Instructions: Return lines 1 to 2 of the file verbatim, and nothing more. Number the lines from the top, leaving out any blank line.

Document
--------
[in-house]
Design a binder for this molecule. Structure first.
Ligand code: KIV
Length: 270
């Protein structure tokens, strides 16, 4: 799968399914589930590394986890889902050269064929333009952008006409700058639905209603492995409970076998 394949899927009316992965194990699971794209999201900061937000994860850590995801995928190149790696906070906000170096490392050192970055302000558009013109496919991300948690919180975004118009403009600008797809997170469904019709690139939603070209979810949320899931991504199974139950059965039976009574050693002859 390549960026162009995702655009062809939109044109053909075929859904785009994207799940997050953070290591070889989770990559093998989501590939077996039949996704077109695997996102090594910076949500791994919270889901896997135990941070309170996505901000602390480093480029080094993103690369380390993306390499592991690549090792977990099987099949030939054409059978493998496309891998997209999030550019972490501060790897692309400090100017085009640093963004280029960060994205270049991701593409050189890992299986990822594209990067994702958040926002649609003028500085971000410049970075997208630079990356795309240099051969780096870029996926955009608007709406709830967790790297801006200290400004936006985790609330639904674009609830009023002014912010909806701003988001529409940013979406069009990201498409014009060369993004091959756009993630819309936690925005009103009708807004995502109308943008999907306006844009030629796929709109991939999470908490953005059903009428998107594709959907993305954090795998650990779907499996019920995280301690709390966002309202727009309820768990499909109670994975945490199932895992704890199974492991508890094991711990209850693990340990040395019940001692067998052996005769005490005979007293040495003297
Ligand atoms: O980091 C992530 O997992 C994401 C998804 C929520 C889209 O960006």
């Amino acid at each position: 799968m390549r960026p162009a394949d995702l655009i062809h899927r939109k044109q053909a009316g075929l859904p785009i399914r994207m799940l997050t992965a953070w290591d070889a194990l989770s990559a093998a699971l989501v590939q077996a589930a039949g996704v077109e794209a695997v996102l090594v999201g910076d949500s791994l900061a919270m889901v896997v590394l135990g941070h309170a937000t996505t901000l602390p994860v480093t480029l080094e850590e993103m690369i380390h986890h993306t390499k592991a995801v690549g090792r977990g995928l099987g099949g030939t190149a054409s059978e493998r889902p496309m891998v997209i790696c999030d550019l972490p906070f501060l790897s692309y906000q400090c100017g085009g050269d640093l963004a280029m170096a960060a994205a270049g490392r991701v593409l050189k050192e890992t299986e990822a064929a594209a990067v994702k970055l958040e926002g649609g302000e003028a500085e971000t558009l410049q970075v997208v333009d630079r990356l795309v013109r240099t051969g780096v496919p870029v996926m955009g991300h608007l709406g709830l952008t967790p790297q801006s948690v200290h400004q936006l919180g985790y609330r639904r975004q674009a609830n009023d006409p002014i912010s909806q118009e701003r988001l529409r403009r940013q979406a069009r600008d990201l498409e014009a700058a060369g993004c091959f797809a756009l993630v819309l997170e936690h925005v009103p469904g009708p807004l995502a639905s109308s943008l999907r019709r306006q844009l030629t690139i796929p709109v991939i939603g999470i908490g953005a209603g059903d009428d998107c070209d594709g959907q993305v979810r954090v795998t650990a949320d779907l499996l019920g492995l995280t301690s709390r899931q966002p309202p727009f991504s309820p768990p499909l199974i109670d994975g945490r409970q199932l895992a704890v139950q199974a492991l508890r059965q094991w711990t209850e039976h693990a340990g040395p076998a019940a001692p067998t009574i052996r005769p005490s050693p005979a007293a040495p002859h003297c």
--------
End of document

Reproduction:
[in-house]
Design a binder for this molecule. Structure first.